This is adapted from our recent paper in F1000 Research, entitled “A multi-disciplinary perspective on emergent and future innovations in peer review.” Due to its rather monstrous length, I’ll be posting chunks of the text here in sequence over the next few weeks to help disseminate it in more easily digestible bites. Enjoy!
This section describes the lively debate around whether peer review reports should be anonymised or not. This is a big topic, so I’ll slice it into a few smaller posts to make it easier to read. Previous sections:
- An Introduction.
- An Early History
- The Modern Revolution
- Recent Studies
- Modern Role and Purpose
- Criticisms of the Conventional System
- Modern Trends and Traits
- Development of Open Peer Review
- Giving Credit to Referees
- Publishing Review Reports
Eponymous versus anonymous peer review
There are different levels of bi-directional anonymity throughout the peer review process, including whether or not the referees know who the authors are but not vice versa (single blind; the most common (Ware, 2008)), or whether both parties remain anonymous to each other (double blind) (Table 1). Double blind review is based on the idea that peer evaluations should be impartial and based on the research, not ad hominem, but there has been considerable discussion over whether reviewer identities should remain anonymous (e.g., Baggs et al. (2008); Pontille & Torny (2014); Snodgrass (2007)) (Figure 3). Models such as triple-blind peer review even go a step further, where authors and their affiliations are reciprocally anonymous to the handling editor and the reviewers. This attempts to nullify the effects of one’s scientific reputation, institution, or location on the peer review process, and is employed at the open access journal Science Matters (sciencematters.io), launched in early 2016.
While there is much potential value in anonymity, the corollary is also problematic in that anonymity can lead to reviewers being more aggressive, biased, negligent, orthodox, entitled, and politicized in their language and evaluation, as they have no fear of negative consequences for their actions other than from the editor. (Lee et al., 2013; Weicher, 2008). In theory, anonymous reviewers are protected from potential backlashes for expressing themselves fully and therefore are more likely to be more honest in their assessments. Some evidence suggests that single-blind peer review has a detrimental impact on new authors, and strengthens the harmful effects of ingroup-outgroup behaviours (Seeber & Bacchelli, 2017). Furthermore, by protecting the referees’ identities, journals lose an aspect of the prestige, quality, and validation in the review process, leaving researchers to guess or assume this important aspect post-publication. The transparency associated with signed peer review aims to avoid competition and conflicts of interest that can potentially arise for any number of financial and non-financial reasons, as well as due to the fact that referees are often the closest competitors to the authors, as they will naturally tend to be the most competent to assess the research (Campanario, 1998a; Campanario, 1998b). There is additional evidence to suggest that double blind review can increase the acceptance rate of women-authored articles in the published literature (Darling, 2015).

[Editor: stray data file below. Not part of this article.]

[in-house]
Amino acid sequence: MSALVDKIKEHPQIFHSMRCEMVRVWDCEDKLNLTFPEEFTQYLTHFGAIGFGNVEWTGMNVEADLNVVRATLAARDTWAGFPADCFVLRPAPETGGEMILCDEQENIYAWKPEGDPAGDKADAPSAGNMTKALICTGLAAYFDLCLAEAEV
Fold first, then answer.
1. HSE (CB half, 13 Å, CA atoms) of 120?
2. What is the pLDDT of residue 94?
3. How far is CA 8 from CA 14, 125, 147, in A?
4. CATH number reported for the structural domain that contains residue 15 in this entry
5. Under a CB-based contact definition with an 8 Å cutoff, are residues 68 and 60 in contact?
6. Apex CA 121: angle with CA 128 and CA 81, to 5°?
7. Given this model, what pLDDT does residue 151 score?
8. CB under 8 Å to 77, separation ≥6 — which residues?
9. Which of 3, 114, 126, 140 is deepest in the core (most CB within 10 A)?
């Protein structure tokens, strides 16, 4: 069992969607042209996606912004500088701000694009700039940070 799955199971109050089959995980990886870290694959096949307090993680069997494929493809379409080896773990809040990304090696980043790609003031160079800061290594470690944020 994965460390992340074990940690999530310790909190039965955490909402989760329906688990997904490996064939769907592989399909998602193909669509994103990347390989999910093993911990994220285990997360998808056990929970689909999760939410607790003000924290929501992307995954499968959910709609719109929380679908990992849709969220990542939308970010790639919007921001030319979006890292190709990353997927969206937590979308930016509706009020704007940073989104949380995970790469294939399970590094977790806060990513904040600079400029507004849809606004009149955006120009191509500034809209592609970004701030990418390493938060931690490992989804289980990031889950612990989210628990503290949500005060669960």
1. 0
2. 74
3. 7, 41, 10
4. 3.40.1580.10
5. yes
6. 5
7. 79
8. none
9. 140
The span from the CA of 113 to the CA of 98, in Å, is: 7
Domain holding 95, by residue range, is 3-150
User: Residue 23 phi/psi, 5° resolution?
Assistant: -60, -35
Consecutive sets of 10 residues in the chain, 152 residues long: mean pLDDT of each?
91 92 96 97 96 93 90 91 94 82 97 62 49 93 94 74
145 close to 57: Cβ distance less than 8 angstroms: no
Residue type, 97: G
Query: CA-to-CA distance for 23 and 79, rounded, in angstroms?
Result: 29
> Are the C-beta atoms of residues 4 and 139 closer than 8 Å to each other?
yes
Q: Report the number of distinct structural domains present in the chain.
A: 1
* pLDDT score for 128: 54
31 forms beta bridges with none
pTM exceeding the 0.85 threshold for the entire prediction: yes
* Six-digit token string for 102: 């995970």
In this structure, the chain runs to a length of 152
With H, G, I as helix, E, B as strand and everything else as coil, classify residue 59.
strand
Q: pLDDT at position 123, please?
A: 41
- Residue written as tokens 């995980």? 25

On the other hand, eponymous peer review has the potential to inject responsibility into the system by encouraging increased civility, accountability, declaration of biases and conflicts of interest, and more thoughtful reviews (Boldt, 2011; Cope & Kalantzis, 2009; Fitzpatrick, 2010; Janowicz & Hitzler, 2012; Lipworth et al., 2011; Mulligan et al., 2013). Identification also helps to extend the process to become more of an ongoing, community-driven dialogue rather than a singular, static event (Bornmann et al., 2012; Maharg & Duncan, 2007). However, there is scope for the peer review to become less critical, skewed, and biased by community selectivity. If the anonymity of the reviewers is removed while maintaining author anonymity at any time during peer review, a skew and extreme accountability is imposed upon the reviewers, while authors remain relatively protected from any potential prejudices against them. However, such transparency provides, in theory, a mode of validation and should mitigate corruption as any association between authors and reviewers would be exposed. Yet, this approach has a clear disadvantage, in that accountability becomes extremely one-sided. Another possible result of this is that reviewers could be stricter in their appraisals within an already conservative environment, and thereby further prevent the publication of research. As such, we can see that strong, but often conflicting arguments and attitudes exist for both sides of the anonymity debate (see e.g., Prechelt et al. (2017); Seeber & Bacchelli (2017)), and are deeply linked to critical discussions about power dynamics in peer review (Lipworth & Kerridge, 2011).
Tennant JP, Dugan JM, Graziotin D et al. A multi-disciplinary perspective on emergent and future innovations in peer review [version 3; referees: 2 approved]. F1000Research 2017, 6:1151 (doi: 10.12688/f1000research.12037.3)